Elite Indonesian police officers were under investigation Tuesday over a stadium stampede that killed 125 people including dozens of children in one of the deadliest disasters in football history.
As public anger grew over the tragedy, police moved to punish those responsible for the crush in the city of Malang that witnesses say started when officers fired tear gas into packed stands to quell a pitch invasion.
Arema FC fans set up a makeshift centre in Malang Monday to receive legal complaints, saying they would file a lawsuit against officers for causing what they said were scores of deaths by indiscriminately targeting spectators in confined terraces.
Police described the incident as a riot and said two officers were killed, but survivors accuse them of overreacting.
"If there was a riot, it (the tear gas) should be fired to the pitch, not in the stand," Danny Agung Prasetyo, supporter group Arema DC's coordinator told AFP.
"Many of the victims were those who were in the stand. They were panicking because of the tear gas."
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The local police chief was replaced Monday, nine officers were suspended and 19 others were put under investigation over the disaster that struck the stadium filled with only hometown Arema FC fans, national police spokesman Dedi Prasetyo said.
The Indonesian government suspended the country's national league and announced a task force to investigate the tragedy. It said the probe would take two to three weeks to complete.
The terraces of the Kanjuruhan stadium were packed with thousands of young "Aremania", or Arema FC fans, to watch their team face fierce rivals Persebaya Surabaya.
But after a 3-2 defeat, the first at home for more than two decades to their adversaries from East Java's biggest city, fans streamed down to the pitch to speak to players and management.
Police responded to the pitch invasion with force by kicking and hitting fans with batons, according to witnesses and video footage, prompting more fans to join the crowd on the pitch.
Calls for an independent investigation have grown since details of the stampede started to emerge over the weekend.
"We will find out what really happened, about the violence and the excessive use of force," Choirul Anam, a commissioner of the National Commission of Human Rights (Komnas HAM), told a press briefing Monday.
"Why would you kick someone who was just walking on the side of the field?"
Fan anger was displayed at the stadium where a police truck was torched and the walls were daubed with graffiti that read "Tear gas vs mother's tears" and "Our friends died here".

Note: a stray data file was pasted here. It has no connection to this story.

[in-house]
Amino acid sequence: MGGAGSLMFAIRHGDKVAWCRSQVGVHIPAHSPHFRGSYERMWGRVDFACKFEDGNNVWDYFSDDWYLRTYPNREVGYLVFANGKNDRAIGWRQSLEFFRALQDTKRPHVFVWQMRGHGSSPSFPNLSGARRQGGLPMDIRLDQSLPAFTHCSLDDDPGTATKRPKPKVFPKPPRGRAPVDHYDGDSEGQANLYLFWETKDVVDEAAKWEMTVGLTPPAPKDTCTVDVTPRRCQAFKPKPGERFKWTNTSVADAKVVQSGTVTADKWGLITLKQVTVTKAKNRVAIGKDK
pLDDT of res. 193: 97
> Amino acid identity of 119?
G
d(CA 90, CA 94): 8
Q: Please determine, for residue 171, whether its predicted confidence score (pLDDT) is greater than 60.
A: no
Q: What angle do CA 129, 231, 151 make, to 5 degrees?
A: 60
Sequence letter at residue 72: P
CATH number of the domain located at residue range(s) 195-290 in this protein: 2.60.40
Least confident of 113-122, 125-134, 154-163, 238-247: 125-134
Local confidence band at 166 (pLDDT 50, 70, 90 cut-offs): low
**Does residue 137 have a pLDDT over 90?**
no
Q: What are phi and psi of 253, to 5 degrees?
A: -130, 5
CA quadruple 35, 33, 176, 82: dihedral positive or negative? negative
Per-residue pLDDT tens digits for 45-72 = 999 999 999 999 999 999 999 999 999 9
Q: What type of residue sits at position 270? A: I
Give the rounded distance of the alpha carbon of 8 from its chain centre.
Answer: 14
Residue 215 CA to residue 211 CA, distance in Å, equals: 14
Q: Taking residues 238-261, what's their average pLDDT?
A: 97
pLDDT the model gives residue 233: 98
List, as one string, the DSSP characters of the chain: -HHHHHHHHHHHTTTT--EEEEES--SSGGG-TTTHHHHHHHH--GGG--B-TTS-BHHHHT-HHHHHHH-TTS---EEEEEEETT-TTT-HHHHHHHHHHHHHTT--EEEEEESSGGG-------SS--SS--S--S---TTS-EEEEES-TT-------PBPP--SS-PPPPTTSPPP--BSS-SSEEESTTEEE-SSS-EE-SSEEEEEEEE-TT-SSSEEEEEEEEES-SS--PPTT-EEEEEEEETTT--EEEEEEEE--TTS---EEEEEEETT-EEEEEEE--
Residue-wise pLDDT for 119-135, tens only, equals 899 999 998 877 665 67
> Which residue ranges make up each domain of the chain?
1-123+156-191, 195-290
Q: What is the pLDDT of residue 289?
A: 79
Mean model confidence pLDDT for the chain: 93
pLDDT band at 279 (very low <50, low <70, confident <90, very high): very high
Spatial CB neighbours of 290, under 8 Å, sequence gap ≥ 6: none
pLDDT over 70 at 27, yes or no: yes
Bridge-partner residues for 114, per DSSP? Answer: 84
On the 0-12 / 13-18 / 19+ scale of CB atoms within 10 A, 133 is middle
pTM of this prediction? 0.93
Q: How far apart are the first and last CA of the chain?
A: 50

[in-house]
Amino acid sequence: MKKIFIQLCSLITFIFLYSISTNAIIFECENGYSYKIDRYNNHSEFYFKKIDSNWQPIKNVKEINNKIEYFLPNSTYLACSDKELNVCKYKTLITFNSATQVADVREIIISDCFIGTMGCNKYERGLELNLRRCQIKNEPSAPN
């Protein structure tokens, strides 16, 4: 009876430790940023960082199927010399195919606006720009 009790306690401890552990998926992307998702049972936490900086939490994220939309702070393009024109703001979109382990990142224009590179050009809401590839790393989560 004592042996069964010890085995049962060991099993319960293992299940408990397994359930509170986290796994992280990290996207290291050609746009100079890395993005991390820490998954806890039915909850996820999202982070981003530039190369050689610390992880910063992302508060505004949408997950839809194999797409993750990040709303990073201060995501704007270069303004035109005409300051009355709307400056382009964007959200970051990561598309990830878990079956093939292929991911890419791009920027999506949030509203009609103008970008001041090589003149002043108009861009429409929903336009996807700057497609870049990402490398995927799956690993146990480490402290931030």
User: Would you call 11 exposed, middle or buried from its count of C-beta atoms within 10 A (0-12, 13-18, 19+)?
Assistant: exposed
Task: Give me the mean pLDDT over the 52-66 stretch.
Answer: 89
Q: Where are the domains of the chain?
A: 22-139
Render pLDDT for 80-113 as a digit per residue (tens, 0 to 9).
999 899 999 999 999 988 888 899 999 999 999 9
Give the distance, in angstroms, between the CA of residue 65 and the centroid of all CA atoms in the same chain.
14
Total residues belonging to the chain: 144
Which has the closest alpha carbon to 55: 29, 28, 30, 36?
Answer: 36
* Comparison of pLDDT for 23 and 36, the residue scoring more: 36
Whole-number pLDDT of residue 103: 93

More vigils were planned in Malang on Tuesday after fans and Arema FC players gathered outside the stadium a day before to lay flowers at the scene and pray for the victims.
Among the dead were 32 children, an official at the women's empowerment and child protection ministry told AFP, adding that the youngest was a toddler aged just three or four.
Indonesia's health ministry said all the victims of the stampede have now been identified.
Of the hundreds injured, 68 were severely wounded and 219 suffered moderate injuries.
Twenty-six are still being treated for their wounds, health ministry official Siti Nadia Tarmizi told state news agency Antara.
Football fan violence is an enduring problem in Indonesia, and Persebaya Surabaya fans had been barred from the game because of it.
But fans said they were not to blame.
Indonesian officials said more tickets had been allocated than should have been, while some of the stadium's doors appeared to have been shut, according to witnesses.
That left physically stronger supporters to scale large fences in order to escape the mayhem while the most vulnerable were at the mercy of the crush as tear gas rained down.
"The doors were closed, that's why people were pushing. Some lay down in the corner" by a closed gate to try to escape the crush, a 16-year-old survivor of the chaos told AFP.
"In the stand, there were some people who got hit directly. I saw it myself," he said.
Everything that could go wrong at a football match, appeared to do so on Saturday night, culminating in a disaster never seen before in an Indonesian stadium.
"You could see and sense that something bad could potentially happen. That's the kind of fear you usually get when you travel to a game here," Indonesian football pundit Pangeran Siahaan told AFP.
"There's a lot of dangers every time you go into a football stadium in Indonesia."